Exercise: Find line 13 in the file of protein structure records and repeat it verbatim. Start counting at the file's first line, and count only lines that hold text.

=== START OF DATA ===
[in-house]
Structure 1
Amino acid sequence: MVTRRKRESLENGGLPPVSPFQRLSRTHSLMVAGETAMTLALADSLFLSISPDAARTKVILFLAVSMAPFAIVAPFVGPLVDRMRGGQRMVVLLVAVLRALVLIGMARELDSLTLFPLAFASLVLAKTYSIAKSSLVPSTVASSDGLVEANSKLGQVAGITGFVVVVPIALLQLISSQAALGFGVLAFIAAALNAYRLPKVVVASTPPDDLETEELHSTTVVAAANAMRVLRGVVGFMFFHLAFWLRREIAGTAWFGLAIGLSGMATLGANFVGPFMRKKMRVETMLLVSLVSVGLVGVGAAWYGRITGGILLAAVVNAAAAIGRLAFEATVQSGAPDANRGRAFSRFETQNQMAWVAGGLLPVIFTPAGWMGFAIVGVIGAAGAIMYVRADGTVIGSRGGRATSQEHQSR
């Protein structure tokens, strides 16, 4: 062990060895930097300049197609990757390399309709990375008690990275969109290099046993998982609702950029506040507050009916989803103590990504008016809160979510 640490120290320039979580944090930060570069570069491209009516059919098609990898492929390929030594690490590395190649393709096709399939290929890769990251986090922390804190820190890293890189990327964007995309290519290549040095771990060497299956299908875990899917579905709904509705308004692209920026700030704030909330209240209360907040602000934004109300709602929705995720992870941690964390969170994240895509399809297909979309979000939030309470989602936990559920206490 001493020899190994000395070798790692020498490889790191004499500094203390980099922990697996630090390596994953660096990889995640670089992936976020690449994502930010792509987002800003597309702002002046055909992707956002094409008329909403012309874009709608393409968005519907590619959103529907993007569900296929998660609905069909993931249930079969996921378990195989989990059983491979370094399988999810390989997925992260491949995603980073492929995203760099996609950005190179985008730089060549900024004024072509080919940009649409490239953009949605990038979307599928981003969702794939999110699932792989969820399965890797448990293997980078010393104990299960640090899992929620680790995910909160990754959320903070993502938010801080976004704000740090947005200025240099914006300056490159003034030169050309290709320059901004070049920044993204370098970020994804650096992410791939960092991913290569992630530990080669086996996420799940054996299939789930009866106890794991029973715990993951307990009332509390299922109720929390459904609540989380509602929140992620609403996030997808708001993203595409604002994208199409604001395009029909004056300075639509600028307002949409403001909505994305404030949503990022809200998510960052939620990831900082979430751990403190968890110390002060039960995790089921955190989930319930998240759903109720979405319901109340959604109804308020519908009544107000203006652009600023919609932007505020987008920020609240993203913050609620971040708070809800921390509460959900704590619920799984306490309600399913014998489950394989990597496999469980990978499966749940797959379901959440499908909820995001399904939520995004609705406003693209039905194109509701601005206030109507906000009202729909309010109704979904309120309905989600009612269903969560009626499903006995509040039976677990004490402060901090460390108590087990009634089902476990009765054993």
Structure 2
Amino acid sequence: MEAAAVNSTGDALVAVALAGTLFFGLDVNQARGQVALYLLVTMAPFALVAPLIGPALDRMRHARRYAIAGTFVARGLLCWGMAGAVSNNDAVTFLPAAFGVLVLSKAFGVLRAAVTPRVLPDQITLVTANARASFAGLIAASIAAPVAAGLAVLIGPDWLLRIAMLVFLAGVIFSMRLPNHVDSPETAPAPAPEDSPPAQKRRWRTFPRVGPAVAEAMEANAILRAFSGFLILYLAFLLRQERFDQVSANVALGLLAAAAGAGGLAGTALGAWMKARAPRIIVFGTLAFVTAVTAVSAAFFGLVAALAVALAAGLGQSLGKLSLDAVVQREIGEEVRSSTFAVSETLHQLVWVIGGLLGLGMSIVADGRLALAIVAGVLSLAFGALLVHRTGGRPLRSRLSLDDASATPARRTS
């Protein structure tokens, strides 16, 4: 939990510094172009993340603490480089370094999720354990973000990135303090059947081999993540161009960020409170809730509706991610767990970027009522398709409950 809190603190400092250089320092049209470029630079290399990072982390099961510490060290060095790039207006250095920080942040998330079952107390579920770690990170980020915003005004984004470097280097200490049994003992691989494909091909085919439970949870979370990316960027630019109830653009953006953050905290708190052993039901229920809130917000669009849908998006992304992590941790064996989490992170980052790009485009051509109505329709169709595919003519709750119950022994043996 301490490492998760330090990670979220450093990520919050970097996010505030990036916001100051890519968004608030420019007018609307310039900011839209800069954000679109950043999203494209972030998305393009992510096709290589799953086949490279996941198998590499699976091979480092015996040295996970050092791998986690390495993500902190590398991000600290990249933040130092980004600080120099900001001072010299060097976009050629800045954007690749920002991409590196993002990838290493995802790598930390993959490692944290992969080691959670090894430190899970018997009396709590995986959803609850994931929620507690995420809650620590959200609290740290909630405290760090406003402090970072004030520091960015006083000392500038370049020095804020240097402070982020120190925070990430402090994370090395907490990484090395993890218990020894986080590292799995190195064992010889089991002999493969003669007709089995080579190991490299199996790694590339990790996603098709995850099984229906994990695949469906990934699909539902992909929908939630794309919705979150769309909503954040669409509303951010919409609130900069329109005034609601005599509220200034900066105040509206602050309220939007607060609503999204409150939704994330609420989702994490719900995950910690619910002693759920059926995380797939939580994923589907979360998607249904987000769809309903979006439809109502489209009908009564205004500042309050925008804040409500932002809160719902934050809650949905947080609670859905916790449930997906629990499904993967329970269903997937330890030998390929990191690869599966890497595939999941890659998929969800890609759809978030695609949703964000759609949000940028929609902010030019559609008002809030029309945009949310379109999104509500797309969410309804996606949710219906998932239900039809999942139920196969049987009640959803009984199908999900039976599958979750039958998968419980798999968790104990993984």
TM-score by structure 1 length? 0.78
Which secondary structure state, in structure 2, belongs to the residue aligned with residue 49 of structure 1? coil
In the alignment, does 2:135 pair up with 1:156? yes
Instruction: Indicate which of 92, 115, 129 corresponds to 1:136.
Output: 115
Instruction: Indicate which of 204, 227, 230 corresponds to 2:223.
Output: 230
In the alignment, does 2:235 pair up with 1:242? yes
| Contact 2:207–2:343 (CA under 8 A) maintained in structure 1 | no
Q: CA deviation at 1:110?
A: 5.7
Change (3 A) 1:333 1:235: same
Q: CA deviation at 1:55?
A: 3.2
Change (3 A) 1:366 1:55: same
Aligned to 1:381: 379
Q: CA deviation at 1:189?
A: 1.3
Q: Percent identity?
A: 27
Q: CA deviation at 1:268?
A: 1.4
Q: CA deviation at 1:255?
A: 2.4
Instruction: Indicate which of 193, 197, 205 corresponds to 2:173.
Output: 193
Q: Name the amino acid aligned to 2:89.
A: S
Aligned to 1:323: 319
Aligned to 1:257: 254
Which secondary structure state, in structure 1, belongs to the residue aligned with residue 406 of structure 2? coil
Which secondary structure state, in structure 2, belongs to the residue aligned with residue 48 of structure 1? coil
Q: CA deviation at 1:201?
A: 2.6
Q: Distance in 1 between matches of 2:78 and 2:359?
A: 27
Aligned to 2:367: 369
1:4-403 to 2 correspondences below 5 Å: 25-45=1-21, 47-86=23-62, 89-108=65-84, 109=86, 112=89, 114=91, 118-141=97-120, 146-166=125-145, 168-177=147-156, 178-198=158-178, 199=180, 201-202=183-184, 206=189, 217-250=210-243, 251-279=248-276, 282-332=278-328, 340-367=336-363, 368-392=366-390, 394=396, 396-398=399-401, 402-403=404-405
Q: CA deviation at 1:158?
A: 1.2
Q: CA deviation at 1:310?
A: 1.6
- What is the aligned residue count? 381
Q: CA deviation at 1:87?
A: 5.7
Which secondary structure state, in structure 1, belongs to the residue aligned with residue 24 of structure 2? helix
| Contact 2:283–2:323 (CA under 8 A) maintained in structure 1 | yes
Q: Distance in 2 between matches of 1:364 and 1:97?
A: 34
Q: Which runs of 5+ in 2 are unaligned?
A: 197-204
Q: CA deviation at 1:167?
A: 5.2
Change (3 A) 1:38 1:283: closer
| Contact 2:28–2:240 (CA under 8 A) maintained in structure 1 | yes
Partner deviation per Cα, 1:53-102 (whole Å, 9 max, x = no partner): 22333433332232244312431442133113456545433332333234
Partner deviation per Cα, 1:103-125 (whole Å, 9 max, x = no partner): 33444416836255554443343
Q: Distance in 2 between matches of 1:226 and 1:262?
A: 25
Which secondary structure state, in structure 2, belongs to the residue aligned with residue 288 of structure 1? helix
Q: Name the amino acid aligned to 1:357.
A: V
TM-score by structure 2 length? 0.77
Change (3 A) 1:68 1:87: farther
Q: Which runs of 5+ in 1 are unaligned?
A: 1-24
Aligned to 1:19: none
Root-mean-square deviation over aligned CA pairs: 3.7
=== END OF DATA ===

Instruction: Indicate which of 204, 227, 230 corresponds to 2:223.